The giant field is a geologically complex, faulted anticlinal structure trending east-west, with dips ranging from 0 to 60 degrees. After the current waterflood operations are completed, it is estimated that about 2/3 of oil originally in place will be left behind unrecovered. The combination of light oil gravity and relatively high reservoir pressures makes these reservoirs good candidates for miscible CO2 EOR. There are separate waterflood developments that have been identified as candidates for CO2 EOR. Results of the CO2 pilot provide further encouraging results that show better than expected CO2 injectivity and vertical sweep than waterflood and good displacement of the remaining oil saturation.
The subsurface team successfully used design of experiments to manage uncertainties in history matching and production forecast. Multiple static realizations honoring the key geological uncertainties were built. Based on ranking criteria developed, there were three static realizations chosen for history matching; that resulted in good history matches obtained for five different realizations. The history match model includes all the 500 wells, 70 years of historical production and water injection. All the history matches were within uncertainty ranges and were technically assured for use in CO2 EOR forecasting. Sector modeling was used to identify and rank different subsurface uncertainties and decisions. Experimental design was used to manage the uncertainties remaining after history match. Hundreds of realizations were simulated that incorporated several integrated development decisions such as injection scheme, development sequence, well spacing, completion strategy and well orientation. Simulation results for all the realizations (with different levels of heterogeneity) indicate that the range of recovery factors varies from 10% (P10) to 24% (P90). The simulated forecasts were also benchmarked against limited analog fields. The production curves are then upscaled to the whole field using a dimensionless curves approach in WellSpring. A methodology to integrate inputs from multiple disciplines (surface, subsurface, wells and CO2 source) was developed to different integrated filed development options.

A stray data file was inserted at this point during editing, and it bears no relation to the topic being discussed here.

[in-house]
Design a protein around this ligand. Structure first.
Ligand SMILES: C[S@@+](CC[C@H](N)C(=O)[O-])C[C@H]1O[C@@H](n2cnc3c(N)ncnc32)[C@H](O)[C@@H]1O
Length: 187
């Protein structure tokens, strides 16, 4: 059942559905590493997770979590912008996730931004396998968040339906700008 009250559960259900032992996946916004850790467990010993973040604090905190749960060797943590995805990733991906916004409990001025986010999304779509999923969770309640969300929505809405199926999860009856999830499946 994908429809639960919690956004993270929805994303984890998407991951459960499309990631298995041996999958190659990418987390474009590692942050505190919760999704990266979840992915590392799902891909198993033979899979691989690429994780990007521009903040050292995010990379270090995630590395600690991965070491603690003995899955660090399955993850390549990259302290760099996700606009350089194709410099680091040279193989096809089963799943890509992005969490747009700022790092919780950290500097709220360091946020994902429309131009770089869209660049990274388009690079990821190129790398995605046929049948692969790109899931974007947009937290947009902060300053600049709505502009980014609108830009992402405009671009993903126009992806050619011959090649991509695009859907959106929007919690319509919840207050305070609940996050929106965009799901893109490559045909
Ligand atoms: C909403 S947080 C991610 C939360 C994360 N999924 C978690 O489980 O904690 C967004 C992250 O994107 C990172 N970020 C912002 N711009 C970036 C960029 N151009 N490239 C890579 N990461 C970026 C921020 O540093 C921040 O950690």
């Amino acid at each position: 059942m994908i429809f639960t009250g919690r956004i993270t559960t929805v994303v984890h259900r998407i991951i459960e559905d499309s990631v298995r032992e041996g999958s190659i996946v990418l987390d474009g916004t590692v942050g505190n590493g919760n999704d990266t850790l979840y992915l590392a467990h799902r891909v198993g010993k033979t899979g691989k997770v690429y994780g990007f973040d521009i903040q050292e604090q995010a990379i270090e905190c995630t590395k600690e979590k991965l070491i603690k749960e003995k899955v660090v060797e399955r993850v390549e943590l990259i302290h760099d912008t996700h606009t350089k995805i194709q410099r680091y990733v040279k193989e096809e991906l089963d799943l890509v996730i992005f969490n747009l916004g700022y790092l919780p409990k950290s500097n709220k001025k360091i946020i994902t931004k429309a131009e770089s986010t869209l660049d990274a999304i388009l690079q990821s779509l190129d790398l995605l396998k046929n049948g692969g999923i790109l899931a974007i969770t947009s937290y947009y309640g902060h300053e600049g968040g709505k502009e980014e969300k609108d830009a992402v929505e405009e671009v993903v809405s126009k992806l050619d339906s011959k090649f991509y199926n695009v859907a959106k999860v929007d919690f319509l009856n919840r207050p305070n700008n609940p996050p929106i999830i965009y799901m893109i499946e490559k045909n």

The complexity, depth, and compartmentalization of the field create challenges that affect all aspects of the CO2 EOR field development including: scope for CO2 recovery, flood design options, data gathering needs, integration with existing waterflood, utilization of existing comingled wells, surface facilities and subsurface modeling for realistic production forecasting. Our work focuses on the selection of field development concepts and determining the economic viability whilst incorporating the best practices and lessons learned from the CO2 EOR industry to ensure top quartile performance.